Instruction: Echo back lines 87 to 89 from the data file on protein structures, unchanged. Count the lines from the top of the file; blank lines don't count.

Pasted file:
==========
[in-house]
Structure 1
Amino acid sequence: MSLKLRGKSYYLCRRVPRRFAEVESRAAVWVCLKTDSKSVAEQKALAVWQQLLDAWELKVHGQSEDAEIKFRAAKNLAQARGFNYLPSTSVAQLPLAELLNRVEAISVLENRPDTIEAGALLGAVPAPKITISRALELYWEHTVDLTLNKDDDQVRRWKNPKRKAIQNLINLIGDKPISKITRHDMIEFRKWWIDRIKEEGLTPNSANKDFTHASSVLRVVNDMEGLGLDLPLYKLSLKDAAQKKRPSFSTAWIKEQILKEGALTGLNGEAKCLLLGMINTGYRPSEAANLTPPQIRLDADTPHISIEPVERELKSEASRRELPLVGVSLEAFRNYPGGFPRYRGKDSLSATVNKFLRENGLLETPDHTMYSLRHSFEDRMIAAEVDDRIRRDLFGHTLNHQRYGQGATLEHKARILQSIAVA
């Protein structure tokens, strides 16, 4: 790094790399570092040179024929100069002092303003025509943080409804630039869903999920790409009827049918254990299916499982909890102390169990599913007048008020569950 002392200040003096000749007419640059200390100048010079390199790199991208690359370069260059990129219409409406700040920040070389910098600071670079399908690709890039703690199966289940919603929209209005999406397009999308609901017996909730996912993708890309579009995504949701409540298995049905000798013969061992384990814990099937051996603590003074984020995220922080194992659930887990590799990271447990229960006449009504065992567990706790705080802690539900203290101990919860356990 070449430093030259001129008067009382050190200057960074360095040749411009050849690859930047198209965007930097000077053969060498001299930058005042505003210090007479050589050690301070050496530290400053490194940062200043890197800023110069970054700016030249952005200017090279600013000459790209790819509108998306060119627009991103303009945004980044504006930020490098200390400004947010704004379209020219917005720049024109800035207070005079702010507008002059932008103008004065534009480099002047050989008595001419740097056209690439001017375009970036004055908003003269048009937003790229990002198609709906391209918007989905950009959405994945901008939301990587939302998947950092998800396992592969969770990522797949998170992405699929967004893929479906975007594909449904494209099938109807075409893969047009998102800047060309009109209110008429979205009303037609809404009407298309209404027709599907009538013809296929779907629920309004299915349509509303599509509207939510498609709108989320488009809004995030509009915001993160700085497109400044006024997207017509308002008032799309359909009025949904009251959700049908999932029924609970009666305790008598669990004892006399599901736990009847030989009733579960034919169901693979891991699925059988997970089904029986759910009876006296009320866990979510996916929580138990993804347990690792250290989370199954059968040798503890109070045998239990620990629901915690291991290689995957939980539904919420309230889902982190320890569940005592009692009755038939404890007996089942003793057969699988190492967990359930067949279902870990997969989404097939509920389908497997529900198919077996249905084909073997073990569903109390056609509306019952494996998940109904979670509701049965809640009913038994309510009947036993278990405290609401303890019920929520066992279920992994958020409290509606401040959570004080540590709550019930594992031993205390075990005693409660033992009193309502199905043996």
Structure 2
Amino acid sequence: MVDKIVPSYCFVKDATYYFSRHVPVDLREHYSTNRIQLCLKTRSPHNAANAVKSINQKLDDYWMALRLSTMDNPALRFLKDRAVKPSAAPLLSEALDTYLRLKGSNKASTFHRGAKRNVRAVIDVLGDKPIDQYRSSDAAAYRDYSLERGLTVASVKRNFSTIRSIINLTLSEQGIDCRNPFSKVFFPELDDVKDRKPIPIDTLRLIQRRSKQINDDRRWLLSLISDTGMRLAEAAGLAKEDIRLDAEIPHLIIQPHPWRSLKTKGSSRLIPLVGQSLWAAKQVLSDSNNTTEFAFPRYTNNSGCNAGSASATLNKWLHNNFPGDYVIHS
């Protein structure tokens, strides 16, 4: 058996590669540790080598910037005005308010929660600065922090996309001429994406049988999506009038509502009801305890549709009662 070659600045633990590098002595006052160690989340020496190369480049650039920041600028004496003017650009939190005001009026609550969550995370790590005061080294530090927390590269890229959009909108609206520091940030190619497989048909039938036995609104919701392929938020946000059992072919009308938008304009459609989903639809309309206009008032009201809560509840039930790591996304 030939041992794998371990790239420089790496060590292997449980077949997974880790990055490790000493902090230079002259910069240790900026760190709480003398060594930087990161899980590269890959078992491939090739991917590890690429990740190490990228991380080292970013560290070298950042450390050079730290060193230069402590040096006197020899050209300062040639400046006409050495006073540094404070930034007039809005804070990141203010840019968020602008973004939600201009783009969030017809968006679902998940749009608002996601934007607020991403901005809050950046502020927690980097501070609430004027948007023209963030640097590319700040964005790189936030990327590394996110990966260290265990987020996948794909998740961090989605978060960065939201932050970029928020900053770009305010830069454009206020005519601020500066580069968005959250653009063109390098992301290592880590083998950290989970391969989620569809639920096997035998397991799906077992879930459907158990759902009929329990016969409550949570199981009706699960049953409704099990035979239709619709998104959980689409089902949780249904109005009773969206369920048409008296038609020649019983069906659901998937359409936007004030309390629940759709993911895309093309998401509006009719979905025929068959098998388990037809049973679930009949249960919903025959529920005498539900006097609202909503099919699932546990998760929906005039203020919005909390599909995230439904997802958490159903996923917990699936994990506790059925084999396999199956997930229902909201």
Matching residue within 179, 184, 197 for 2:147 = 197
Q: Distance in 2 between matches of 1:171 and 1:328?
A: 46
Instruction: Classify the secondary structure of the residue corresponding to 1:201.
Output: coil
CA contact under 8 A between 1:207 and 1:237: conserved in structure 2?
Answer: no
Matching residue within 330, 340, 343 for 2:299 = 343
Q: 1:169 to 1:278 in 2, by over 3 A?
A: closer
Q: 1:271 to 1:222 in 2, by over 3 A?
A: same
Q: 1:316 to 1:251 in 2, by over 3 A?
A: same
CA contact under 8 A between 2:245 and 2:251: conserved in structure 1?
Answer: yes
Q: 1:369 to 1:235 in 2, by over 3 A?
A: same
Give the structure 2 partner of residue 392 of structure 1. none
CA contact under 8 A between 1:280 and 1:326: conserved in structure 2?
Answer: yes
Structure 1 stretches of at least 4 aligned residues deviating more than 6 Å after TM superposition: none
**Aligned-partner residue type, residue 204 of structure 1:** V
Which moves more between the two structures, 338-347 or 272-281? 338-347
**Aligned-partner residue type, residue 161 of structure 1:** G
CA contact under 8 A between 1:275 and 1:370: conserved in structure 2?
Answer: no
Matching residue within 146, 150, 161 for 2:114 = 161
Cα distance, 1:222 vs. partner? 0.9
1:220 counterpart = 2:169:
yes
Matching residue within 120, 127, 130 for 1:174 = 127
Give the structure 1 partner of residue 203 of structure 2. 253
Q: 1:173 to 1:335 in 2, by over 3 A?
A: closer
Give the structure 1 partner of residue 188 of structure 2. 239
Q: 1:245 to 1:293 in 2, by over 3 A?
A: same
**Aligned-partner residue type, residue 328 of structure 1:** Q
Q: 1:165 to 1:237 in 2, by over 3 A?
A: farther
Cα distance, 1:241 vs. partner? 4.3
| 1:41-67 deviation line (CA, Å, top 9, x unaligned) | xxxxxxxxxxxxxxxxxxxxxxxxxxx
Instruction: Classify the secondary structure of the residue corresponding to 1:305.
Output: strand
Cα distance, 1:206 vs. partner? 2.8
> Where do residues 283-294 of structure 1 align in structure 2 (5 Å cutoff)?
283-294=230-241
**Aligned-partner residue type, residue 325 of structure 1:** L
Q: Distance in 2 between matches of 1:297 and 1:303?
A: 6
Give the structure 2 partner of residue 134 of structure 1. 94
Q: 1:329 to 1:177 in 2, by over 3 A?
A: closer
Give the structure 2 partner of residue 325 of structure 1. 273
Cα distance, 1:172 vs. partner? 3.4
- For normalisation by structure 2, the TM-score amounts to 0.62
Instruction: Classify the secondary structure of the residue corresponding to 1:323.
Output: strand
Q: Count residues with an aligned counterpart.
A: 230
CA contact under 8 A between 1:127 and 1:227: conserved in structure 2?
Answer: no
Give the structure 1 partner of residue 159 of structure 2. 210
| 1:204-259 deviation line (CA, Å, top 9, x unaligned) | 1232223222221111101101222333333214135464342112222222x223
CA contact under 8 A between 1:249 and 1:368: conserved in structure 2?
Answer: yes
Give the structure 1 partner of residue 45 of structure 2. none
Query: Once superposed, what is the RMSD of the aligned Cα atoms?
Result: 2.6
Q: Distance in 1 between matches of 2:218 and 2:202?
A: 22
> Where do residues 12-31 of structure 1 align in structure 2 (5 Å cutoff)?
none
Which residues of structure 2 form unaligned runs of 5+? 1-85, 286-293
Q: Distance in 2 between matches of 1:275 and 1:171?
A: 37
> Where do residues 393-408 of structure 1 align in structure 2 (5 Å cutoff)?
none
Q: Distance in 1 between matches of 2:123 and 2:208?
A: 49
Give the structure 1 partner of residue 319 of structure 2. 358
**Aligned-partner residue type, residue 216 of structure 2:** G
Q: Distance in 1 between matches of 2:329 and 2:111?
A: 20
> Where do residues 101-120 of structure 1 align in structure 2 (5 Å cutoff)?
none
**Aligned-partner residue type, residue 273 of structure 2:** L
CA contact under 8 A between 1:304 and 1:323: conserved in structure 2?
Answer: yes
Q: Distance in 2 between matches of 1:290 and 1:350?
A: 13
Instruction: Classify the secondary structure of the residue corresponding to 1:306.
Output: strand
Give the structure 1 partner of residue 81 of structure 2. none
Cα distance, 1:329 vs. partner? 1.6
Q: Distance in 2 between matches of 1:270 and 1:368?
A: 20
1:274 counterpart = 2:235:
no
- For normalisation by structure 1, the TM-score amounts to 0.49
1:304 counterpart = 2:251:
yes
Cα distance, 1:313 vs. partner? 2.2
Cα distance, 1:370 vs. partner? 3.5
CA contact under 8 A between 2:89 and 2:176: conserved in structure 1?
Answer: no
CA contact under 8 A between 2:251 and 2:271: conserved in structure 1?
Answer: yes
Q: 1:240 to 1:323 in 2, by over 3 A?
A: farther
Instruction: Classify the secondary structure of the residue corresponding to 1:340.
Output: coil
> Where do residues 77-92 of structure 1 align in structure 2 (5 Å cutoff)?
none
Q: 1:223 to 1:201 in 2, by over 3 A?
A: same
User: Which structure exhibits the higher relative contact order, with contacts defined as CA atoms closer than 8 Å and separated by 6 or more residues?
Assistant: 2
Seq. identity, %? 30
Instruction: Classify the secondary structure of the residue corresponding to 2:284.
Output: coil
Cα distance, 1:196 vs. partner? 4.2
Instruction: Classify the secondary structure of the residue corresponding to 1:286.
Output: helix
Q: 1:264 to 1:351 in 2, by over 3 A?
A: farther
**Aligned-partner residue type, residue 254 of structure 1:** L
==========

Q: Distance in 1 between matches of 2:123 and 2:208?
A: 49
Give the structure 1 partner of residue 319 of structure 2. 358